Jamaica Gleaner /
Nothing will daunt the fervour of principal Patrick Phillips and the academic staff at Bog Walk High School in their quest to add value to the approximately 2,000 students.
Phillips and his team are faced with the seemingly uphill task of pulling the school from near the bottom of the ranking for effective schools.
The National Education Inspectorate (NEI) rated Bog Walk High ‘unsatisfactory’ following an inspection of the St Catherine-based institution in November 2012. Among its various findings, the NEI pointed out that the teaching and learning of English and mathematics needed immediate support.
The school began the process of adding value by administering a diagnostic tests to determine each student’s level of readiness for learning.
“Those students who test very low are placed in two dedicated classes where the teacher does an inter-vention with them throughout the year,” said Phillips.
“They improve by 50 or up to 70 per cent, and at the end of the year, many are able to move into the regular grade eight,” added Phillips, as he noted that the teachers of these two remedial classes were trained to teach at the primary level.
The Bog Walk High principal said this teaching approach, which the school implemented five years ago, has now been formalised by the education ministry through the Alternative Pathways to Secondary Education (APSE) programme.
Beyond this remedial intervention at grade seven, the school has implemented several other strategies to add value to the students’ education.
Kevin Smith, head of the Mathematics Department, has organised monthly math camps on weekends, which involve teachers sleeping in classrooms and contributing their time freely.
“We are sacrificing our weekends and holidays to ensure that there is significant improvement in student performance in mathematics over time,” said Smith.
He disclosed that students contact teachers, using WhatsApp messaging, in the nights and parents check with teachers about students’ performance via text messages during scheduled periods. In addition, the education ministry’s regional office has assigned resource persons to upgrade staff skills.
Slow but steady progress
The St Catherine-based Bog Walk High School has seen some progress in the performance of its students, but this is not enough for the academic staff.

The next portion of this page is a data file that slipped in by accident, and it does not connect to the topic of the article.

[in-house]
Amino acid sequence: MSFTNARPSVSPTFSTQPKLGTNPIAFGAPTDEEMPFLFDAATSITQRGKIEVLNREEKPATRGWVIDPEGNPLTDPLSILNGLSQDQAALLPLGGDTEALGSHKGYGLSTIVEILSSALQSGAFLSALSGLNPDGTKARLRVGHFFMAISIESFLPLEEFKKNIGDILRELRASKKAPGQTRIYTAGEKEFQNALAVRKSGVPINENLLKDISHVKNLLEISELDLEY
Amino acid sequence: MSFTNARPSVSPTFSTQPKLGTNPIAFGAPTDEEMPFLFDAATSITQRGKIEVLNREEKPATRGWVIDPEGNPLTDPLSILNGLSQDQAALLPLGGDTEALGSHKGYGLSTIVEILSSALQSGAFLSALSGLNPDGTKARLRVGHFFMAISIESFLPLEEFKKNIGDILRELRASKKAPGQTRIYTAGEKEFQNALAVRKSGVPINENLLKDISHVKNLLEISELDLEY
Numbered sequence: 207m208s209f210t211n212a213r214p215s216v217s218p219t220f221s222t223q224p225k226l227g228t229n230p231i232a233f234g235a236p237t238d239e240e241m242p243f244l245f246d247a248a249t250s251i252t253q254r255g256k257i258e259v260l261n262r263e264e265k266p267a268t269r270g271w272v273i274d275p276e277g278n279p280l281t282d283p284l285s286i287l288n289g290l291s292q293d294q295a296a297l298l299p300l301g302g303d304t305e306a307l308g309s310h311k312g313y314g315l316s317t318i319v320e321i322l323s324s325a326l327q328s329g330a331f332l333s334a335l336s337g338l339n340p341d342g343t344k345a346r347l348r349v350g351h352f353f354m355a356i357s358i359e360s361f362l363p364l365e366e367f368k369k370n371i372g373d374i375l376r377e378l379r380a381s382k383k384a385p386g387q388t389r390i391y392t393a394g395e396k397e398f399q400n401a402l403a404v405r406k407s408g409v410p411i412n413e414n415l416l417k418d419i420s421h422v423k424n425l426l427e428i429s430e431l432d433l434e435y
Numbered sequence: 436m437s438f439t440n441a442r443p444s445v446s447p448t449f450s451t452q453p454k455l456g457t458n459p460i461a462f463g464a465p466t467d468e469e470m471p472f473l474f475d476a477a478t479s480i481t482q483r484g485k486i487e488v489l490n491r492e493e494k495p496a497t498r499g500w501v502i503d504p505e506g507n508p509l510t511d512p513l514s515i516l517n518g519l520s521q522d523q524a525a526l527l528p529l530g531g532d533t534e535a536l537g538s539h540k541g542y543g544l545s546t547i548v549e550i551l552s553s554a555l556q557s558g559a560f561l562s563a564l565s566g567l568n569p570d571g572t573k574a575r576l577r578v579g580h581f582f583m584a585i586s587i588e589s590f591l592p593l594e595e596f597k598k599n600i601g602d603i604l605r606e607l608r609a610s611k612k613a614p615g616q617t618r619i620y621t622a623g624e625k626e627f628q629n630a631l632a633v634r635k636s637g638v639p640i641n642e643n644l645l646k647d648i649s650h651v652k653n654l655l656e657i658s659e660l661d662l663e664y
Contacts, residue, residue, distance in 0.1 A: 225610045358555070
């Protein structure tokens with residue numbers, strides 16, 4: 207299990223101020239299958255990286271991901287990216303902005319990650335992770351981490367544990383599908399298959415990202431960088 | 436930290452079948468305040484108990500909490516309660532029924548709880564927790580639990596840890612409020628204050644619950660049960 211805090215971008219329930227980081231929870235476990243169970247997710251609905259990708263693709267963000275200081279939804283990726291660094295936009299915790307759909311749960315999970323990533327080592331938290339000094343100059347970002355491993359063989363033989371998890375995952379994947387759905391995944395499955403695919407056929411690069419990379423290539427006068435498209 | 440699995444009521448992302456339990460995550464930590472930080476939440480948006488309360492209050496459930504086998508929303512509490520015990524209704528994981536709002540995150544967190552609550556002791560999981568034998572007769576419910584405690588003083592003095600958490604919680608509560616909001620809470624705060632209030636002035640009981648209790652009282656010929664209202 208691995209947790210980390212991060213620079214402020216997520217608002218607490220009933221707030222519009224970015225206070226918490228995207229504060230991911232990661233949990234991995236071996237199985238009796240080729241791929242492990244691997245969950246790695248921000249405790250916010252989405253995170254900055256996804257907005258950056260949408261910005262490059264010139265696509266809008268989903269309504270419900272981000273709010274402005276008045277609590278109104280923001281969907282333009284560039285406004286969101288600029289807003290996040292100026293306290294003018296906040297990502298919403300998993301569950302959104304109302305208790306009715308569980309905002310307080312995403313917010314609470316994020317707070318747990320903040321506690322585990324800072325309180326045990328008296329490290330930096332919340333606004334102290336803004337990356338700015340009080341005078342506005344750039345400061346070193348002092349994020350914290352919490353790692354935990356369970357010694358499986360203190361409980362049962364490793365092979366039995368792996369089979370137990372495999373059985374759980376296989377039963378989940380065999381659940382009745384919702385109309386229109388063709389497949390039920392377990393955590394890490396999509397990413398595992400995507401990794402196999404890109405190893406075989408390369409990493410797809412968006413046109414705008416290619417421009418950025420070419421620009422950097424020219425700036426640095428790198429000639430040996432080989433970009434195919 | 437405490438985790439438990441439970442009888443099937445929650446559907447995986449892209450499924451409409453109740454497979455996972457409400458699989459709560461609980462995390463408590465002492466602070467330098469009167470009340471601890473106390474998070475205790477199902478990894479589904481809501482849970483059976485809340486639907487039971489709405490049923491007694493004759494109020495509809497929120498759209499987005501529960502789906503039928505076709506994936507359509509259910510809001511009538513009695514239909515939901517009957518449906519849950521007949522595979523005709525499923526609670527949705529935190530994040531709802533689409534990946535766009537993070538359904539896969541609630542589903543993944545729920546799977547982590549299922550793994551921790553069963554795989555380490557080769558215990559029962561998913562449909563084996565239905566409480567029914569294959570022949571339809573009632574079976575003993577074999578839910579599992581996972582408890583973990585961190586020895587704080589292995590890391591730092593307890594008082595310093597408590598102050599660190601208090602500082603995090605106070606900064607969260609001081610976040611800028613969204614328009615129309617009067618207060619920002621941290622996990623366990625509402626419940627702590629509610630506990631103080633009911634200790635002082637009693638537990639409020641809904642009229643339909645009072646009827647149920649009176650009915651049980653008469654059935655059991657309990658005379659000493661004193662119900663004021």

The average pass rate for mathematics in the Caribbean Secondary Education Certificate (CSEC) examination moved from five per cent in 2012 to a high of 19 per cent in 2015, followed by 12 per cent in 2016, reflecting a national decline.
The school has been having “moderate success” in English language and has insisted that each grade 11 student sit an exit examination, reports Elaine Reid, head of the English Department.
She told The Gleaner ‘s news team that the school has been doing “reasonably well” in the CSEC examination, with 50 per cent passes for English A and a 60 per cent pass rate in the City & Guilds examination in 2016. The CSEC pass rate is moving from 13 per cent in 2012.
The strategies used to improve the teaching and learning of English include:
– Assessing students at grade 10 and assigning them to an examination (City & Guilds or CSEC) according to their -strengths.
– Staging of English marathons for grade 11 for City & Guilds and CSEC examinations at least twice per year.
– Keeping extended day/extra classes for grades 10 and 11.
– Establishing writers and debating clubs to develop students’ writing and speaking skills.
– Issuing of motivational certificates.
“Since the NEI (National Education Inspectorate) assessment, we have been tracking the students to see how best we can assist them to matriculate. We now see students, who came in at low Grade Six Achievement Test grades performing at 70 and 80 per cent, with the bulk at 50 per cent,” said Reid.